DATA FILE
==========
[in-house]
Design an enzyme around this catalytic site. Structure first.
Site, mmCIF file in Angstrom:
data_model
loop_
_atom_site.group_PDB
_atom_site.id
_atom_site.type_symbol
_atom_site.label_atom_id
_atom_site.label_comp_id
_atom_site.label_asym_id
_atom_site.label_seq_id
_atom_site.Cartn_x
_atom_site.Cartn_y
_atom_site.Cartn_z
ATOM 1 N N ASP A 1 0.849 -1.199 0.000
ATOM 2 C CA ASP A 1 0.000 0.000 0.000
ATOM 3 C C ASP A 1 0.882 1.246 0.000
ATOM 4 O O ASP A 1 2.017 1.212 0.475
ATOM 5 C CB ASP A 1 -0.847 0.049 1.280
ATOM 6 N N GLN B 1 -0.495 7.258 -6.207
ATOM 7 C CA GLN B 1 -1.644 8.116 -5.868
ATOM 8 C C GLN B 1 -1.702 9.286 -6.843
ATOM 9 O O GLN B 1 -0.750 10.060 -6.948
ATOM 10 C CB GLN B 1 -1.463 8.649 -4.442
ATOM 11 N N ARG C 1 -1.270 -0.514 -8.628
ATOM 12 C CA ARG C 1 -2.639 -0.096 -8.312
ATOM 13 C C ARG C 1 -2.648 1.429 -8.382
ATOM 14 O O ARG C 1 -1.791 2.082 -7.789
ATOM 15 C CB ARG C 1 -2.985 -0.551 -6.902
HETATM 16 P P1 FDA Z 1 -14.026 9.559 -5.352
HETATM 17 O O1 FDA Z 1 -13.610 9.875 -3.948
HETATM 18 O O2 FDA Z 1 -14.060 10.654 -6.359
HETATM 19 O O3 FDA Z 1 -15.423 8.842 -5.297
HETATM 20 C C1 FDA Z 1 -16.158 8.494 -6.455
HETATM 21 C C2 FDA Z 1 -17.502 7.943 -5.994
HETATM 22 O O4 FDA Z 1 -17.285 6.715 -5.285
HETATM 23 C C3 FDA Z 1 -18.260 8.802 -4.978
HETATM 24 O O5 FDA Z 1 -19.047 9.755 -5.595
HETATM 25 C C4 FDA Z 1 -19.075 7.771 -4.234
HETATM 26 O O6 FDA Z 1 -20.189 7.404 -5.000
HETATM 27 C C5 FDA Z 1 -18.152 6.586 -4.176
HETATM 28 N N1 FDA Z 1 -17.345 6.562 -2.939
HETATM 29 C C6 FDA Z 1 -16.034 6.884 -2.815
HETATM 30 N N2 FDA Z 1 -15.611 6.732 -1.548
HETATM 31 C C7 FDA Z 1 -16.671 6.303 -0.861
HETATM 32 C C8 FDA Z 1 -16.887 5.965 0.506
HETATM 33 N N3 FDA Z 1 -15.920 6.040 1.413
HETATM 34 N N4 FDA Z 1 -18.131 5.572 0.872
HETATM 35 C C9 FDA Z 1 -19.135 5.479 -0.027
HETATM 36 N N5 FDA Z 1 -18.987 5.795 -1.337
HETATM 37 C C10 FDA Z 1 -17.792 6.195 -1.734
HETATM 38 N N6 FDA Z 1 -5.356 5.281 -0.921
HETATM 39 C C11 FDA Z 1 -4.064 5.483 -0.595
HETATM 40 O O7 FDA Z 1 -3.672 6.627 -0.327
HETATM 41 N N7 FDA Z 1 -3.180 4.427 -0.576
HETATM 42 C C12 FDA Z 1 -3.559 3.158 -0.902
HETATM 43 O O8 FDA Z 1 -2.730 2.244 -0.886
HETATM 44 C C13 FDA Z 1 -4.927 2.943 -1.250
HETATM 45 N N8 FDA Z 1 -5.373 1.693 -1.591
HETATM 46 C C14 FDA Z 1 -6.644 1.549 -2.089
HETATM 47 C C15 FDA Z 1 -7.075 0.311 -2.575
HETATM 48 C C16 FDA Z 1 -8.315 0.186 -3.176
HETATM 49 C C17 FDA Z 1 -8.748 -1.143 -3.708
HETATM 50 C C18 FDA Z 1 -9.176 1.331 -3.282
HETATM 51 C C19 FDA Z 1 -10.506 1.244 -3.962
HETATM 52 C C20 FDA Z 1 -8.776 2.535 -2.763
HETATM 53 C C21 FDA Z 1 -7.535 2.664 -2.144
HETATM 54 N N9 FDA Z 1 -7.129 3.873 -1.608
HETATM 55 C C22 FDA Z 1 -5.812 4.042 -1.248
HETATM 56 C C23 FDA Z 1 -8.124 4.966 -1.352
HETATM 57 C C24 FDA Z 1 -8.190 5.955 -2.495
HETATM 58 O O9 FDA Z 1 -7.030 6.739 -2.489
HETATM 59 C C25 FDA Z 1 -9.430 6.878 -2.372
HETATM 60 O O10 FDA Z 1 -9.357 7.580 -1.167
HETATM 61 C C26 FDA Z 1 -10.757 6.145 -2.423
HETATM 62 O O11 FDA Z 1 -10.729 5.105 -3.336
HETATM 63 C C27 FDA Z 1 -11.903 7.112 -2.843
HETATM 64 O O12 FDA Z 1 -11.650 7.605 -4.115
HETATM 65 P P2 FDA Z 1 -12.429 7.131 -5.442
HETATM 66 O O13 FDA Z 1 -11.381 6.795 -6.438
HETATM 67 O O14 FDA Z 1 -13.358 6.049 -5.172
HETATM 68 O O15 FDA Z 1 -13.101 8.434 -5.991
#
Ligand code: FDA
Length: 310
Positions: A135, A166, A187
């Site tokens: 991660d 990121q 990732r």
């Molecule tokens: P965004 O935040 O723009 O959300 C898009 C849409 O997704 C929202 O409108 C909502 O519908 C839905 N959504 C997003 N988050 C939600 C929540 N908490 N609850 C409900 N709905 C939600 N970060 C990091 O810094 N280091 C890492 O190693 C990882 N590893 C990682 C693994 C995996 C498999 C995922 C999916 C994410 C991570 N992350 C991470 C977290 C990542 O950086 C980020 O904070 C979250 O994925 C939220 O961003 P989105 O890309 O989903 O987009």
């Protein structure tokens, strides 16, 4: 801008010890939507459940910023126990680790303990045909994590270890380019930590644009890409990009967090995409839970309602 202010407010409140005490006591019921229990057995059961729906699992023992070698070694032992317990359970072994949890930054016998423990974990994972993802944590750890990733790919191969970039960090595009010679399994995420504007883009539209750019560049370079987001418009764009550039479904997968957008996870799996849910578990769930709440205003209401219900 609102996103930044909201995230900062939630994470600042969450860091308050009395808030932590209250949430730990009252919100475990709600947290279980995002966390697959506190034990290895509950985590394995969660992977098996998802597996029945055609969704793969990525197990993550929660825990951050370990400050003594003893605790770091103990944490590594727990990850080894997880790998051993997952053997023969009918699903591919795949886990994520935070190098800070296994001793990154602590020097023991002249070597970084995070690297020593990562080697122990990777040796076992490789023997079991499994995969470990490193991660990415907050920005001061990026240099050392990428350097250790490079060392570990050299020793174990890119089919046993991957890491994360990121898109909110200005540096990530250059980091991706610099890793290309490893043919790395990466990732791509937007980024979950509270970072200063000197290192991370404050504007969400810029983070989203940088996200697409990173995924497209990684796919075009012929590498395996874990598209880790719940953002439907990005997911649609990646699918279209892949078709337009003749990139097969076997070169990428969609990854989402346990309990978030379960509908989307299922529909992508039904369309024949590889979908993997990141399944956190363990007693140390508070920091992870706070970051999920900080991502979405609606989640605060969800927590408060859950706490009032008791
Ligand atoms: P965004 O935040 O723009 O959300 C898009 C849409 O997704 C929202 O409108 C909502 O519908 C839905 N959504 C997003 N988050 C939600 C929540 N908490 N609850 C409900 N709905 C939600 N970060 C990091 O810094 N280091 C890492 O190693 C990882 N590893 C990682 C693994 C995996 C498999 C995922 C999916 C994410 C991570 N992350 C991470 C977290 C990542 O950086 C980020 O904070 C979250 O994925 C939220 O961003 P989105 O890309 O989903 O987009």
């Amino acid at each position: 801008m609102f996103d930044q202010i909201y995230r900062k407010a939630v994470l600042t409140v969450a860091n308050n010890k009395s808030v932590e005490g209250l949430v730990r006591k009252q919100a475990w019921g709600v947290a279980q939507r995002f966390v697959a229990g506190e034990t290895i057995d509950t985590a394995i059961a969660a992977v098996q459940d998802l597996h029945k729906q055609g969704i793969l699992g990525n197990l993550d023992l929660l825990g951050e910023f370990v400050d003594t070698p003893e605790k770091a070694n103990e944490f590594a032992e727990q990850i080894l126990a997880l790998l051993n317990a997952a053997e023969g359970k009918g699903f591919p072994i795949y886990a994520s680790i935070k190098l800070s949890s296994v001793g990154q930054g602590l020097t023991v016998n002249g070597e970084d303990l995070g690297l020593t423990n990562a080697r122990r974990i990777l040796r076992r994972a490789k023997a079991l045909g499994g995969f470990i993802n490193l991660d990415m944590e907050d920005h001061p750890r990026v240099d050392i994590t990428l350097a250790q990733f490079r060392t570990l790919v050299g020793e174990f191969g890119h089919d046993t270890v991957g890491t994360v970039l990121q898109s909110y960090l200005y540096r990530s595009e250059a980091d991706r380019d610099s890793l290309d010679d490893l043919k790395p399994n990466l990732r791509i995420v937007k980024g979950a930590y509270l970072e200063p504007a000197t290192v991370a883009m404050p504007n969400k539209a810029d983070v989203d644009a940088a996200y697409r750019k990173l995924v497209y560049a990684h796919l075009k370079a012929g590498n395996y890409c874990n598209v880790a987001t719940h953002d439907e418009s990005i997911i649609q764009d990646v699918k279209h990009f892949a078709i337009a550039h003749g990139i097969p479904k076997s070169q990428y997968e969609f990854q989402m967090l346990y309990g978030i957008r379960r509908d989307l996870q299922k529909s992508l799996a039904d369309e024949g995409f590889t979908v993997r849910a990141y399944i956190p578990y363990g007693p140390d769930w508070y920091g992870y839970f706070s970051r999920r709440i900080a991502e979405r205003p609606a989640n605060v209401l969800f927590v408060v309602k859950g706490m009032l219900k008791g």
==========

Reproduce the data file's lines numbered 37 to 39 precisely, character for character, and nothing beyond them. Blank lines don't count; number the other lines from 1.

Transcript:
HETATM 22 O O4 FDA Z 1 -17.285 6.715 -5.285
HETATM 23 C C3 FDA Z 1 -18.260 8.802 -4.978
HETATM 24 O O5 FDA Z 1 -19.047 9.755 -5.595